FOXBOROUGH, Mass. -- The New England Patriots have suddenly gone from top dog to underdog. They have a 3% chance to win the AFC East, according to ESPN's Football Power Index, which are long odds for a franchise that has grown accustomed to winning division crowns over the past two decades.
The Patriots have won 11 straight AFC East titles and 17 of the past 19.
"We're in a tough spot right now. We dug ourselves a hole, but that doesn't mean we can't dig ourselves out," running back Damien Harris said. "It doesn't mean that our season is over."
How rare is this spot for the Patriots?
Consider that since the start of the 2003 season there had been 284 losing streaks of at least four games (including streaks spanning seasons) entering Sunday, and New England was the only team without a single one. The Tampa Bay Buccaneers, now led by former Patriots quarterback Tom Brady, had the most with 18. The Seattle Seahawks had the next fewest with two.
Brady was the king of the fourth-quarter comeback, but as Patriots coach Bill Belichick noted after Sunday's 24-21 loss to Buffalo, the Patriots have lost three times this season when they were within one score in the final quarter.
They had their final drive in a 35-30 loss to the Seahawks end at Seattle's 2-yard line on Sept. 20. In an Oct. 18 loss to Denver, they marched to the Broncos' 24 before stalling out. And on Sunday, they made it all the way to the Bills' 14-yard line before quarterback Cam Newton fumbled the ball away.
"You just have to be better at situational football," said Newton, who has gone three consecutive games without a passing touchdown, the second-longest such streak of his 10-year career and the longest within a single season. "Practice it each and every day. It's up to the players, including myself, to execute it better. That's what it comes down to."
Though the Patriots aren't finishing games when the opportunity presents itself, they aren't starting them fast enough. They remain the only team in the NFL that hasn't scored an offensive touchdown in the opening quarter of a game this season.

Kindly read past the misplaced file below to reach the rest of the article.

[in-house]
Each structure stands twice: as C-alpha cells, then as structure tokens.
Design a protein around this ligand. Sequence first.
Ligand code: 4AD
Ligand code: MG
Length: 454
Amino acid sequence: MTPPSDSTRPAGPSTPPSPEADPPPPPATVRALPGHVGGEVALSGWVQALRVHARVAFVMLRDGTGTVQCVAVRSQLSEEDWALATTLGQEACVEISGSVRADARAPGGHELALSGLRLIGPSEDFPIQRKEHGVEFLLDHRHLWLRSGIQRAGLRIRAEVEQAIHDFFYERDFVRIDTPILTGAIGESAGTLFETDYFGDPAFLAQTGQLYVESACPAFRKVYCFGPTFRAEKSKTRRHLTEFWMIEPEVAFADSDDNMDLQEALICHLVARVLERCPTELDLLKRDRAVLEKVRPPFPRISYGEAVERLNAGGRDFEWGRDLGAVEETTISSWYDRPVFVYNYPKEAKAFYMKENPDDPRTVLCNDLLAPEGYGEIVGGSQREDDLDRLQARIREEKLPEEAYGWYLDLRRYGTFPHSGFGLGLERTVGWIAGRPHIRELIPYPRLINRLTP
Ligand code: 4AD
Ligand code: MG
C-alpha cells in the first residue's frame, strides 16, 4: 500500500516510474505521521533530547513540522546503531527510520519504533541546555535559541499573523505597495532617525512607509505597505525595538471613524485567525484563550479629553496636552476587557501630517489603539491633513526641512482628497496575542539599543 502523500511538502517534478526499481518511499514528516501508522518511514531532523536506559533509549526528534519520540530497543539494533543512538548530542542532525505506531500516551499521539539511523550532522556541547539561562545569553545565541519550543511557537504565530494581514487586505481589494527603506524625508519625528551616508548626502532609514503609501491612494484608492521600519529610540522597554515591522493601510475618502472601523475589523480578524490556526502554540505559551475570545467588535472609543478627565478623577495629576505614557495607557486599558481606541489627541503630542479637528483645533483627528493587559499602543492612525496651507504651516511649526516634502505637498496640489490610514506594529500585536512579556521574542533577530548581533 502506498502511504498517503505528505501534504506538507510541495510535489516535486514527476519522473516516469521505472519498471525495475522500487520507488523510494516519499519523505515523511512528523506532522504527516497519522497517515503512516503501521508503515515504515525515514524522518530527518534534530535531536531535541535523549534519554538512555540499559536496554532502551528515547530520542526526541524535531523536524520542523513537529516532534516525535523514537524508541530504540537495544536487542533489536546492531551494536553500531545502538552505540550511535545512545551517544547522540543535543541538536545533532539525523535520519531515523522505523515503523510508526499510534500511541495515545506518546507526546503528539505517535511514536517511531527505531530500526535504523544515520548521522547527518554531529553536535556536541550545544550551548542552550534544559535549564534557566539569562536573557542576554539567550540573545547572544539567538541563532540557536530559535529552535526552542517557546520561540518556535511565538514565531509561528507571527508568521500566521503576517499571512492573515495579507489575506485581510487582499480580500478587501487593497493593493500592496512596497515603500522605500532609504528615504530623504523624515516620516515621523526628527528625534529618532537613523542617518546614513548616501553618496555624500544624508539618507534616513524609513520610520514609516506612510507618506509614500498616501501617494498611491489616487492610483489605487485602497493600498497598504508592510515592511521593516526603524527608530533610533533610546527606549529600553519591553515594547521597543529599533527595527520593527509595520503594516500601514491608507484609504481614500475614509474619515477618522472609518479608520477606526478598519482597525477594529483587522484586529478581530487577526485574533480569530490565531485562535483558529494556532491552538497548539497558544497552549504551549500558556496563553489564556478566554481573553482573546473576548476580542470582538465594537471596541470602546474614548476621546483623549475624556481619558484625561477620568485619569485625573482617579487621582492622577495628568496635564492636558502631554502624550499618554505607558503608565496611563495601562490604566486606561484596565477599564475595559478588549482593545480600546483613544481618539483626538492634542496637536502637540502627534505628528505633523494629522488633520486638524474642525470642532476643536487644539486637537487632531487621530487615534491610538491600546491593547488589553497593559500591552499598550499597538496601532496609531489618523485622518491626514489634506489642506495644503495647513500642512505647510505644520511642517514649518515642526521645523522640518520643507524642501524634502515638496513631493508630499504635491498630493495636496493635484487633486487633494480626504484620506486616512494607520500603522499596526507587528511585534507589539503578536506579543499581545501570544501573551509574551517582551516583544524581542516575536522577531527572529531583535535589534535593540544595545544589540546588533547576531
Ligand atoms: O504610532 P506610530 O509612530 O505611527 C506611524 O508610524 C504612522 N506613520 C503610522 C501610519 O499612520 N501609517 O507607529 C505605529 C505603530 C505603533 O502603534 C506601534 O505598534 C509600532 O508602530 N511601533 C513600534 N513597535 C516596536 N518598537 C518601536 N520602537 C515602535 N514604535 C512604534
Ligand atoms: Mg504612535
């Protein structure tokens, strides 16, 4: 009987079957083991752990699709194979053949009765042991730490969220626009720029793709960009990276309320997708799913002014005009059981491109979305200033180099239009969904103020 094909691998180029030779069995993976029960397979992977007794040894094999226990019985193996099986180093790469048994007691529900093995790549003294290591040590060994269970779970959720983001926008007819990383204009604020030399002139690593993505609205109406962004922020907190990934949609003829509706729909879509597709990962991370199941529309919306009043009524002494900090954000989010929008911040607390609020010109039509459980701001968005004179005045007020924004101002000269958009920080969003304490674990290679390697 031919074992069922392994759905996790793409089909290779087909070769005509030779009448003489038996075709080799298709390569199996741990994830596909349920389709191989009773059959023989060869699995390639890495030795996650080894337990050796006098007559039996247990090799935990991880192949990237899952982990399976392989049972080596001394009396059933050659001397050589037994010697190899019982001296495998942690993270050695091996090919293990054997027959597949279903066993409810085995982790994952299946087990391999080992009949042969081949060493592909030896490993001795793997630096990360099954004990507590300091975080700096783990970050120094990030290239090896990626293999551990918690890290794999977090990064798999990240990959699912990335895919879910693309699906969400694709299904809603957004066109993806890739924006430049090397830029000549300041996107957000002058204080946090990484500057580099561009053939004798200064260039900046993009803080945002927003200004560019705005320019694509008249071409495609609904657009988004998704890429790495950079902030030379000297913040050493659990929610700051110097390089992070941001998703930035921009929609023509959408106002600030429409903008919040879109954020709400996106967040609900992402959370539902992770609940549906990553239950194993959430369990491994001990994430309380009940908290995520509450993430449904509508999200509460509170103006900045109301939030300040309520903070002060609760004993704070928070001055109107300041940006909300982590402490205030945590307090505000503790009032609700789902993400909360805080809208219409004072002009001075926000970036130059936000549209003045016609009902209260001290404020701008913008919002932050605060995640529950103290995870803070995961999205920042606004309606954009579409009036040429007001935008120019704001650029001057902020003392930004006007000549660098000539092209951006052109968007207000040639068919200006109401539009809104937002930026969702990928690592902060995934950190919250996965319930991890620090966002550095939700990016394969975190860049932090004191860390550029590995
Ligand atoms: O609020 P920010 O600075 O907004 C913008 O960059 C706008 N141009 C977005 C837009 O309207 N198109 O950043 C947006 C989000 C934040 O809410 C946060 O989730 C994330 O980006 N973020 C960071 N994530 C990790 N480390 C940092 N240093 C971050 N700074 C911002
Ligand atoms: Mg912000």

Equally troubling is how the defense is playing, at times, particularly against the run. For the second straight week, the tackling was shoddy (the Bills totaled 190 yards rushing). While part of that is tied to playing with fewer defenders in the box -- the Patriots were essentially daring the Bills to run to negate the explosive playmaking of wide receivers Stefon Diggs, John Brown and Cole Beasley -- New England's overall fundamentals have faltered too often.
It also doesn't help that its best defensive tackle, Lawrence Guy, left Sunday's contest in the third quarter with a shoulder injury. The Patriots have been thin at that spot all season, and controlling the line of scrimmage -- already a challenge with Guy in the lineup -- will become that much harder if he is to miss any time.
"They ran way more than they have all year. We knew that was a chance coming in, especially the way the game started. When we came out, it started to hail, the rain was coming down, strong winds. We knew there was a chance it could turn into a heavier run game," Patriots safety Devin McCourty said.
"We didn't do well against the run last week [the San Francisco 49ers totaled 197 rushing yards], so we knew there was an opportunity for them to come in and run the ball. No matter what, you let teams run, they're going to run the ball. It opens other things up. We've talked about that every year I've been here, making teams one-dimensional. We have to do a better job of that."
There were some bright spots on Sunday, such as much-needed contributions from rookie linebacker Josh Uche (key tackle, quarterback hit) in his debut, second-year wideout Jakobi Meyers (six catches, 58 yards) coming through in a short-handed situation and Harris totaling 102 yards on 16 carries with a touchdown.
Those would have been some top storylines had Newton not lost the fumble in the fourth quarter and eventually led the Patriots to a victory. Instead, the slide continues.
"We have to continue to have a standard; it was set before I got here," said McCourty, now in his 11th season in New England. "We have to continue to demand that from each other, even though the games aren't going how we want, we're 2-5. But we can’t let the culture change."